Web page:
Thinking, Fast and Slow by Daniel Kahneman gives an explanation for why this might be. Basically, the high =-energy state of the brain is activated when danger is perceived, and this state is better at avoiding pitfalls that fool the low energy state that the brain is in most of the time. Daniel calls these system 1 (low energy) and system 2 (high energy). 

Interesting to ponder: what happens when all of the streets feel dangerous? Do fewer people drive because of the stress it invokes? Do people become immune to this? Do they become fatigued? It's one thing to be in a high energy state for a few seconds at an intersection. It's quite another to be living in it for hours. 

Fooling computers that see and hear like humans

Computers can recognize traffic signs, but it's possible to fool them by adding some tape. Similarly, computers can understand speech but can be fooled by sounds that are too high for humans to hear.

An active and growing area of research is how to design systems that can't be fooled so easily like this. This will be critical expertise going forward, just like how network security is today. Great for up and coming security researchers wondering what to specialize in.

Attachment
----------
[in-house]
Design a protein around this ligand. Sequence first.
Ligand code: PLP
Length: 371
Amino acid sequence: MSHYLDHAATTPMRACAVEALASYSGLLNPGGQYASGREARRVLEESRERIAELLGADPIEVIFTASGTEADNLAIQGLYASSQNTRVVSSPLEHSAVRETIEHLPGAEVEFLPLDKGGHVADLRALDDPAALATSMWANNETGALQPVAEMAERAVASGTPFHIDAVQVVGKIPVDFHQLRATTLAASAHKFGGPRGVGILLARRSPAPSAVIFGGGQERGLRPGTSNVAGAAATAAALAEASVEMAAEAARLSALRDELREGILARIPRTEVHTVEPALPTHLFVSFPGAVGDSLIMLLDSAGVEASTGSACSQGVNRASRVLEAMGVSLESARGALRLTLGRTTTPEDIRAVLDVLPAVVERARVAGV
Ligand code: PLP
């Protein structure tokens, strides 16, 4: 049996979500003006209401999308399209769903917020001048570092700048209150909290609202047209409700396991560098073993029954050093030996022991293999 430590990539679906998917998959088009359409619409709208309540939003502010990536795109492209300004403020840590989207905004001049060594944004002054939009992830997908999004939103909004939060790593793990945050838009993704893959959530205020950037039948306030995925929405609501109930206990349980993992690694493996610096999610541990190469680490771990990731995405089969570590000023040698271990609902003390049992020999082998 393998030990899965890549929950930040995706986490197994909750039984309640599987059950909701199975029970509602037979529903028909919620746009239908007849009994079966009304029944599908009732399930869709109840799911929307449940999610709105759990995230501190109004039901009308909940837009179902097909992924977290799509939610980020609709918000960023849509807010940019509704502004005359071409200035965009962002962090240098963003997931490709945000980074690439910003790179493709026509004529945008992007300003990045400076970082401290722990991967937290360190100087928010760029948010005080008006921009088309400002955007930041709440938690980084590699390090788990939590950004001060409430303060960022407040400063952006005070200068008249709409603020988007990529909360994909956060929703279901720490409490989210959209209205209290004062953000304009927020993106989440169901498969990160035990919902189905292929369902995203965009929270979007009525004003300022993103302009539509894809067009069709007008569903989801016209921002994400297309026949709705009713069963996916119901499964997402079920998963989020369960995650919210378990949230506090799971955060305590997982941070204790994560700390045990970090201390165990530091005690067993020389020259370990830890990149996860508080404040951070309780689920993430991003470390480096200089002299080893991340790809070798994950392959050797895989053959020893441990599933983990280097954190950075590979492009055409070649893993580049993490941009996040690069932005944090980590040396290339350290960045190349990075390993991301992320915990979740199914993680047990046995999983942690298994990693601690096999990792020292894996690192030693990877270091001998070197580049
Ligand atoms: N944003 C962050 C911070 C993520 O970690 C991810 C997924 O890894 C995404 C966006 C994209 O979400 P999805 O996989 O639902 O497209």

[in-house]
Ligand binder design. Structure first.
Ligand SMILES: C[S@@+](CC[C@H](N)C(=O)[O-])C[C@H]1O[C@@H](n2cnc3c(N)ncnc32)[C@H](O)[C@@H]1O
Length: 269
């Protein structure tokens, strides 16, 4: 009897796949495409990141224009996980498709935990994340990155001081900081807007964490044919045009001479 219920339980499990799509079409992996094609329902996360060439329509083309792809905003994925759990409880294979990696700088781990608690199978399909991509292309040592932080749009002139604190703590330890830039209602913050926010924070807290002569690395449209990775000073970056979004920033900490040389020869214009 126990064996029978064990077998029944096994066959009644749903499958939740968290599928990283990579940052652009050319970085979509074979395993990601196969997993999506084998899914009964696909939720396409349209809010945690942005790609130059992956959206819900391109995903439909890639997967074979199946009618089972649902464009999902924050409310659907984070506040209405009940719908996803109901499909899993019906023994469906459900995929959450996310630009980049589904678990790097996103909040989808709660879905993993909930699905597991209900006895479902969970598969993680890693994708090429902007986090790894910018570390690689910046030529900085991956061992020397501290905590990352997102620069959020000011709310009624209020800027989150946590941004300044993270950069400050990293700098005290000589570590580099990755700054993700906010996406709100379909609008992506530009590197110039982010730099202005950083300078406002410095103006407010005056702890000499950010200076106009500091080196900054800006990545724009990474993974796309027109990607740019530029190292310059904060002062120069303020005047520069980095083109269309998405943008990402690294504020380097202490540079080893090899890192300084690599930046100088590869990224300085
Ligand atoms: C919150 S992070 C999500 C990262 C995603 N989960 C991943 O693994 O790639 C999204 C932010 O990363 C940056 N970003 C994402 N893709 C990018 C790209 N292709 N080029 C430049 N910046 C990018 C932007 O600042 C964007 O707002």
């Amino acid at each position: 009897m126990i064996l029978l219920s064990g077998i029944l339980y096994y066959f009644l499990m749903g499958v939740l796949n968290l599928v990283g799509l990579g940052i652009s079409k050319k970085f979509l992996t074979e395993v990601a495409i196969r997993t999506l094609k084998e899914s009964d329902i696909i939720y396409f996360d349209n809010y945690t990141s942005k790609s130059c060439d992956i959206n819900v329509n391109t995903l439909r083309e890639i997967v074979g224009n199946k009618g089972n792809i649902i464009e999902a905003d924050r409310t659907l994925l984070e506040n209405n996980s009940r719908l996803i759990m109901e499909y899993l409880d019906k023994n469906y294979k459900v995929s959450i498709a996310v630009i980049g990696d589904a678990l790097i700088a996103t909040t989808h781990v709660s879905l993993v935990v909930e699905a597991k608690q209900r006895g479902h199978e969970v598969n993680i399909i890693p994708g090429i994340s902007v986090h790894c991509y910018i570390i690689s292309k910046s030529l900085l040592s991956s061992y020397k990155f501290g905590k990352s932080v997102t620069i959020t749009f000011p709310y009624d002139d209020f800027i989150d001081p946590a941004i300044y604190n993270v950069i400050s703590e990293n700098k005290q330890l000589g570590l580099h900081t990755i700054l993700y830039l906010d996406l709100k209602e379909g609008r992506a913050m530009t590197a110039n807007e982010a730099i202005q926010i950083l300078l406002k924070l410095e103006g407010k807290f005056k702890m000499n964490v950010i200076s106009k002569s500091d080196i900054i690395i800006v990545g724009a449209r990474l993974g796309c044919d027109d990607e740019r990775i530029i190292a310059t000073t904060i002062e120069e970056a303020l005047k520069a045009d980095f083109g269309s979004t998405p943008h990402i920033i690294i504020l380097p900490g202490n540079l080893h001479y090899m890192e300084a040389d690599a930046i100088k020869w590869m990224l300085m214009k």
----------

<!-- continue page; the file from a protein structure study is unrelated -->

Another interesting angle is that the very fact that these systems can be fooled by things that wouldn't fool a human means that these systems perceive the world in a different way than we do. These are the special effects and optical illusions of the computer world, and they look nothing like what we're used to. 

Fear of missing out (FOMO)

I hate feeling like I'm missing out. This feeling is unhelpful because there's no way I can do everything and be at every event. But somehow it persists. 

Originally I thought that an unstructured life leads to more FOMO, because the gaps and decisions about what to do next give time to wonder what I'm missing out on. However, I think this misses some of the nuance.

For me at least, the core feeling of missing out is triggered when I feel present, but not a part of, an activity that I want to participate in. The classic example of this is working out of a cafe on a Saturday. Everyone else is enjoying their weekend, but here I am, working. 

I tested this hunch last weekend by working out of my Wework office. I had drastically less FOMO and got vastly more done. The few other people crazy enough to be here on a Saturday were also working hard, and I surprised myself by staying the entire day.

FOMO is one of the worst feelings because it can give a good activity a sour taste, making life dramatically less satisfying. If you have your own methods for avoiding FOMO, I'd love to hear from you.